8. You'll want to make new friends when you go, but you won't want to abandon your social circle at home, either. Luckily, with technology and services like Facebook and Skype, staying in touch is easier than ever. I put Skype on my Smartphone in Japan, so I could call friends and family as I would normally. Blogging about your experiences is also a good way to keep people updated about your adventures!

9. Bear in mind the costs of the place you're going. Tokyo is considered one of the most expensive cities in the world, and though with plenty of research on cheap locations and stores it can be done on a budget, it's still important to remember that costs won't necessarily reflect the price at home. Have a good understanding of the exchange rate, but try not to think too much in terms of your home country's money, either - you've got to adapt to the market prices in your new home before assuming something is cheap or expensive.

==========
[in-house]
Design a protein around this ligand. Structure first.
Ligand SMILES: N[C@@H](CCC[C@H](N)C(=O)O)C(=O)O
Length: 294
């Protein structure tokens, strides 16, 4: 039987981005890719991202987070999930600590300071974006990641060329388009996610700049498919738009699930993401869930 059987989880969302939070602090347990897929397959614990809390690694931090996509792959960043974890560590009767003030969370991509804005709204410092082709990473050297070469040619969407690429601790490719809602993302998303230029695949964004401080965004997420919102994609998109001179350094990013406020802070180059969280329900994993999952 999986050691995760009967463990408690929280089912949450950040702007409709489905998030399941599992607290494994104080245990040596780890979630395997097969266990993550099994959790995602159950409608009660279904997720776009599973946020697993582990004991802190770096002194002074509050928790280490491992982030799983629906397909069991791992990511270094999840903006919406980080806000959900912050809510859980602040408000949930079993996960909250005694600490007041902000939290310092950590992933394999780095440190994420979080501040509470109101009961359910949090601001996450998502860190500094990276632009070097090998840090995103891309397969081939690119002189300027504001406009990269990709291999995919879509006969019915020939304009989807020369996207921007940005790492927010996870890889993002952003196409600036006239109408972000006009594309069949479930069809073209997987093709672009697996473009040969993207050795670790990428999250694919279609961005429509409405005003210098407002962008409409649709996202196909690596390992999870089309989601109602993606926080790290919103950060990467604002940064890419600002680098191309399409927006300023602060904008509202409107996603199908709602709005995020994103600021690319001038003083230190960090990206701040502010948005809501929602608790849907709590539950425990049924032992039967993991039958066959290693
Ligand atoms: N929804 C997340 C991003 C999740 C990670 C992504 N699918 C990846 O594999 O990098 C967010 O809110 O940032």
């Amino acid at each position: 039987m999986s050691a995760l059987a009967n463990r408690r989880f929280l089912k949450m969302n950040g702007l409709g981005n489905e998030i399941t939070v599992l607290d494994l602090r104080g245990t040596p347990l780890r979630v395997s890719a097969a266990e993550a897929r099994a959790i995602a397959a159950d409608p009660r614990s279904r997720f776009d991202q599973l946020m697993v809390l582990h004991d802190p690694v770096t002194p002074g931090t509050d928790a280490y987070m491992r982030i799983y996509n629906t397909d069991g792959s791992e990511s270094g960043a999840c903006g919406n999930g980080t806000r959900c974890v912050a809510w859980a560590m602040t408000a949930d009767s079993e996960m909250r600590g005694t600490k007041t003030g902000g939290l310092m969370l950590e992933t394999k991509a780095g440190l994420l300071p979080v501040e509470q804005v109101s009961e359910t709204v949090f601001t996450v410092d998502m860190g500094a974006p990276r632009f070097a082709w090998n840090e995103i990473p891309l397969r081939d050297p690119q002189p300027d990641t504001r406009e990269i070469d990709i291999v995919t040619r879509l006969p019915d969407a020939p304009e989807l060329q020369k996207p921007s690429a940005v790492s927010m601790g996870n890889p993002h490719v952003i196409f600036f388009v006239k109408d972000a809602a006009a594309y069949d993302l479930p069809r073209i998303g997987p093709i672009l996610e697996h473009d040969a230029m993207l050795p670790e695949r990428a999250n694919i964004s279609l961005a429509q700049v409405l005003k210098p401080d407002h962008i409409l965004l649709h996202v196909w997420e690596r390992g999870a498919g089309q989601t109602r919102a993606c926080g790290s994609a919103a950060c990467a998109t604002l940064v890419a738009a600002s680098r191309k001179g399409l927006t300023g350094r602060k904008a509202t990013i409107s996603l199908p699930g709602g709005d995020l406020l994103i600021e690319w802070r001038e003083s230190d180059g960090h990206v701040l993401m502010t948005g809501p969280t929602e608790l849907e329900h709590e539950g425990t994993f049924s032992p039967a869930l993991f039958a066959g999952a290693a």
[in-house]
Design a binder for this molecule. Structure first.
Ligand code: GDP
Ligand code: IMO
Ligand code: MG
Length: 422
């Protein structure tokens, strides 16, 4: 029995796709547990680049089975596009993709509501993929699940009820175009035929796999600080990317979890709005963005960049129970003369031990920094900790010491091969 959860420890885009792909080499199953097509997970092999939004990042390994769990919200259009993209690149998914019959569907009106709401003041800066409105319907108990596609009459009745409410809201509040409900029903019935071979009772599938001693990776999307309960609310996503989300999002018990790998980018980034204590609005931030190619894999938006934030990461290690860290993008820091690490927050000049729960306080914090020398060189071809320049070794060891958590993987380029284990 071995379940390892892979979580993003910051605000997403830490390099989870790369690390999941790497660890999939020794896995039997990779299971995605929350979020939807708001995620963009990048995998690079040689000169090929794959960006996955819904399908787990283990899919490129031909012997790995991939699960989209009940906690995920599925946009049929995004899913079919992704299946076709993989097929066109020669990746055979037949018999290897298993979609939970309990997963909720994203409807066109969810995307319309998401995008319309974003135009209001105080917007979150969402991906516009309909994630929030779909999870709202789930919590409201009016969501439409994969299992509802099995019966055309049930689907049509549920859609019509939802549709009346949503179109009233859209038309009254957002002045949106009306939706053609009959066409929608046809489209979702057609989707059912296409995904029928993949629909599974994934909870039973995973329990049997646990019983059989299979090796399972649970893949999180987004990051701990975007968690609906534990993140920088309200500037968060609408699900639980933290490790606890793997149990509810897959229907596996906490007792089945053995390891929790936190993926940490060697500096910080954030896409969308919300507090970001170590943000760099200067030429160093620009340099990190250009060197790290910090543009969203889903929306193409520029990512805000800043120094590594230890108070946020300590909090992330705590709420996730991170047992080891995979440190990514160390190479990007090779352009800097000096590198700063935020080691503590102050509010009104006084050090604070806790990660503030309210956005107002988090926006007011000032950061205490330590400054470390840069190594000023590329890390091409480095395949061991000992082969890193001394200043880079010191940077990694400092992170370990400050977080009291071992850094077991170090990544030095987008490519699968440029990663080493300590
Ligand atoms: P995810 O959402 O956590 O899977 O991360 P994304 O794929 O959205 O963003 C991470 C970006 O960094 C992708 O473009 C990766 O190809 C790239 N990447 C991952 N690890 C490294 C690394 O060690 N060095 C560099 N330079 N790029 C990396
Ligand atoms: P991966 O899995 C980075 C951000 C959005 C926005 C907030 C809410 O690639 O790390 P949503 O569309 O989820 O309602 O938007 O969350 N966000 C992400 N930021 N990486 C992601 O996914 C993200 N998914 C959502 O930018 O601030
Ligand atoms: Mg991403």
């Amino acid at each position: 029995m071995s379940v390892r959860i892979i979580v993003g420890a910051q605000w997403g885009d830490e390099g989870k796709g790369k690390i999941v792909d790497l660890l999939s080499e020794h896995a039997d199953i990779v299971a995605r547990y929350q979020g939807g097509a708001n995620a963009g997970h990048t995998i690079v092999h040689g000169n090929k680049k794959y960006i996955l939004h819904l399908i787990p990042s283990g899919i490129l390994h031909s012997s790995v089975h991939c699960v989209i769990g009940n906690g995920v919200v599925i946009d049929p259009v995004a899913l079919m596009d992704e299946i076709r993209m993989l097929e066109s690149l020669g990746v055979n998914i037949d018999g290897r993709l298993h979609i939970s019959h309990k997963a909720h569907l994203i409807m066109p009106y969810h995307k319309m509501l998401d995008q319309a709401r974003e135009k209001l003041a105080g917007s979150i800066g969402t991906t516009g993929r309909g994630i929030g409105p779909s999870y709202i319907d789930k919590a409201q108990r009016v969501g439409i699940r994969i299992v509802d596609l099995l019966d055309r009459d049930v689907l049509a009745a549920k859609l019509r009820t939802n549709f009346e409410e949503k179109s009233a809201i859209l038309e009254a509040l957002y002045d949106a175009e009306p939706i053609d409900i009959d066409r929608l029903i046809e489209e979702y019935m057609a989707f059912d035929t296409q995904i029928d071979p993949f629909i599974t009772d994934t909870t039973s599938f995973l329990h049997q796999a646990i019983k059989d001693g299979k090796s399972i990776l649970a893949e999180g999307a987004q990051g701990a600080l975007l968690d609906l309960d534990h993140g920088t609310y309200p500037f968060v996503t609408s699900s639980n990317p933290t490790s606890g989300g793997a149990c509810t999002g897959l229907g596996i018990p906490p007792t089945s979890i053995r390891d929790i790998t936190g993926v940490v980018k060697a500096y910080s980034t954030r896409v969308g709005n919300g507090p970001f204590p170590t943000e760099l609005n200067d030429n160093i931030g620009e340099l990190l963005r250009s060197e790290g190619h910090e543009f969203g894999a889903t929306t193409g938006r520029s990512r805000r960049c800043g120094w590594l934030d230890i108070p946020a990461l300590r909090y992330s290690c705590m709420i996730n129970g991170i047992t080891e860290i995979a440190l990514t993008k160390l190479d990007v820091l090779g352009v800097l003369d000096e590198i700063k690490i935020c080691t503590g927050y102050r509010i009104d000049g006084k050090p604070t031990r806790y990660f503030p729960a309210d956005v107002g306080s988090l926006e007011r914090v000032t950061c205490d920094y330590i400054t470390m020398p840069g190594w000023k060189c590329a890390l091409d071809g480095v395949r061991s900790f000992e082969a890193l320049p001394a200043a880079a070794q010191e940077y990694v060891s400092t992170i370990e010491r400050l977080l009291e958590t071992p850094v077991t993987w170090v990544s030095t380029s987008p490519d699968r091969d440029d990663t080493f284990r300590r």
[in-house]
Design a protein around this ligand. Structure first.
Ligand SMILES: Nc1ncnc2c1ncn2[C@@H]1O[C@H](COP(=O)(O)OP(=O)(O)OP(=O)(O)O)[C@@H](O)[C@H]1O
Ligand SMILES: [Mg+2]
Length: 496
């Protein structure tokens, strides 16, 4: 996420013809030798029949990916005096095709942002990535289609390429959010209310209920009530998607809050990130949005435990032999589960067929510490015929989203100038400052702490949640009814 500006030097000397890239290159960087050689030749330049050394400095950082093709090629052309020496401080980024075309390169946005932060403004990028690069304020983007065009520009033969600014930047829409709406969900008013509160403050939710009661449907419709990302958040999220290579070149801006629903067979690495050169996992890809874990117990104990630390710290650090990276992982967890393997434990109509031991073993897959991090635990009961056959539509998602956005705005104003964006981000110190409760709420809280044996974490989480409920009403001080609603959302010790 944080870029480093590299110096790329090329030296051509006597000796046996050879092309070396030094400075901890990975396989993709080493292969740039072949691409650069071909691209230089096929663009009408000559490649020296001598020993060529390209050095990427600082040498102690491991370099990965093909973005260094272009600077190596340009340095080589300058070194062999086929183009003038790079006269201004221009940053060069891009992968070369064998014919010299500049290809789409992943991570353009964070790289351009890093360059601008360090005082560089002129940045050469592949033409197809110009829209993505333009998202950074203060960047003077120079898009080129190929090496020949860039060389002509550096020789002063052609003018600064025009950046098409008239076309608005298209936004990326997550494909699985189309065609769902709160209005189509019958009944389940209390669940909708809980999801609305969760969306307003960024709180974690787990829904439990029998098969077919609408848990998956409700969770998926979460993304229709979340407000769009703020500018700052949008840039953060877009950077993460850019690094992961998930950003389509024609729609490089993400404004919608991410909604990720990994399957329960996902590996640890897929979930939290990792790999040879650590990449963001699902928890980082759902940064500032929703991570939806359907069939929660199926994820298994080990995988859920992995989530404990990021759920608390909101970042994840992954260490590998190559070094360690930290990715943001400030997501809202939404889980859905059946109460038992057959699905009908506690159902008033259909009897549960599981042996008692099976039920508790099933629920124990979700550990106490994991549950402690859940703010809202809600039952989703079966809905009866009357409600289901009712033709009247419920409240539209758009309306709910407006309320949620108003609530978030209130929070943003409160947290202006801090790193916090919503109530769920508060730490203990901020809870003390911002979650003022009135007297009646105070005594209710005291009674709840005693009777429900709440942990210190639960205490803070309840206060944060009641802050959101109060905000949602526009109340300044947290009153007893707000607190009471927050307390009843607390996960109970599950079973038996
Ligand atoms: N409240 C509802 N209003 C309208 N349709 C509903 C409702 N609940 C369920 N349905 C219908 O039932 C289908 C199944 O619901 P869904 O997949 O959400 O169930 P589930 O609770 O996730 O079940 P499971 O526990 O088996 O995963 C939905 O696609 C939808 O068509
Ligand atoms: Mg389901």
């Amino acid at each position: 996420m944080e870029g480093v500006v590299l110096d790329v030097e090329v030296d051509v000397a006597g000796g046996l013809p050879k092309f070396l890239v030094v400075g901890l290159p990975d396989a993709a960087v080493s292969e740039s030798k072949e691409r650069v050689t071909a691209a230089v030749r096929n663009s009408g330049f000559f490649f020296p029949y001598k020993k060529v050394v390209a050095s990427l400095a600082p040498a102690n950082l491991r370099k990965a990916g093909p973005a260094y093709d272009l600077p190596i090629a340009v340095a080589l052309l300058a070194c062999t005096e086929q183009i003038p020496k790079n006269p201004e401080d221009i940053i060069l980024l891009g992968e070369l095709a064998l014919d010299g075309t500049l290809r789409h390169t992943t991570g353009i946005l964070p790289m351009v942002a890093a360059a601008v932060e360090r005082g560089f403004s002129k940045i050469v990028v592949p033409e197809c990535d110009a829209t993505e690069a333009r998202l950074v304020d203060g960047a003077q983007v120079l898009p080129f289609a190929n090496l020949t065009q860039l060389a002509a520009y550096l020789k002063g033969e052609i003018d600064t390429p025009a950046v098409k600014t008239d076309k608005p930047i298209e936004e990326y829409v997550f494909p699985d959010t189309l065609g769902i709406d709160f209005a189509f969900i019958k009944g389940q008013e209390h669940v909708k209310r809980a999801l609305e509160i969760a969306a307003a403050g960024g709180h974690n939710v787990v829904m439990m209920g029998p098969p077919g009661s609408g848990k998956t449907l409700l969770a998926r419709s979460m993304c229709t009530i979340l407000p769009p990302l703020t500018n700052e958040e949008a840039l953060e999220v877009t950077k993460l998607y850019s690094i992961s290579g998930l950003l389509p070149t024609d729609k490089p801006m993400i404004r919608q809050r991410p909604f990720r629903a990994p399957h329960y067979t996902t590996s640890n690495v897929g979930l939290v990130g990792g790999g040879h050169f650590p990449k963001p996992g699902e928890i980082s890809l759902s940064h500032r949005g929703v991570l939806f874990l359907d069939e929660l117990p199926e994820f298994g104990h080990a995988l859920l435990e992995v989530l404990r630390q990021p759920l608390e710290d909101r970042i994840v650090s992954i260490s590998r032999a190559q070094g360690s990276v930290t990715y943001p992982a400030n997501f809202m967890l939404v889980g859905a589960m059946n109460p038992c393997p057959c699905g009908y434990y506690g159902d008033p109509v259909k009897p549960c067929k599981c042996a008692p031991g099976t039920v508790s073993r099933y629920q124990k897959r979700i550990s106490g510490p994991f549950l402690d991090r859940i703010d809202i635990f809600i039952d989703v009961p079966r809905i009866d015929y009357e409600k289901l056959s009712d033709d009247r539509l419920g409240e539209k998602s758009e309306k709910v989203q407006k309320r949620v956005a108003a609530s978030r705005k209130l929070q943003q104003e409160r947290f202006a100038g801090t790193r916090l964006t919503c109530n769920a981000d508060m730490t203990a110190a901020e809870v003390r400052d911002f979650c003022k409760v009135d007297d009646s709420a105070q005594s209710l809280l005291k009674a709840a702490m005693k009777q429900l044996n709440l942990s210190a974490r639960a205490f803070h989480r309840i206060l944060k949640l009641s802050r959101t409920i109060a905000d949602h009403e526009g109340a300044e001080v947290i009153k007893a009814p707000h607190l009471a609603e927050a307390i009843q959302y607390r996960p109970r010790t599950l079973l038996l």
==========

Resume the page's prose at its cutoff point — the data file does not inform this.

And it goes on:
10. Try to hang out with local people. Expatriates often go to their new country expecting to make loads of local friends, only to find that they just hang out with other expatriates. As an English teacher, your co-workers will probably also be foreigners, and in periods of homesickness it's natural to surround yourself with people who understand your situation. But if you make an effort to integrate into your community, not only will you improve your understanding of the culture and language, but you'll also feel more at home in the place you're living.

Most tips boil down simply to make an effort and do your research. Living abroad will change you, and hopefully for the better. Teaching English is a great way to support yourself abroad even with no particular skills, and you'll probably learn a lot just by talking with your students about the country you're in.

If you've taught English abroad, what was your number one problem?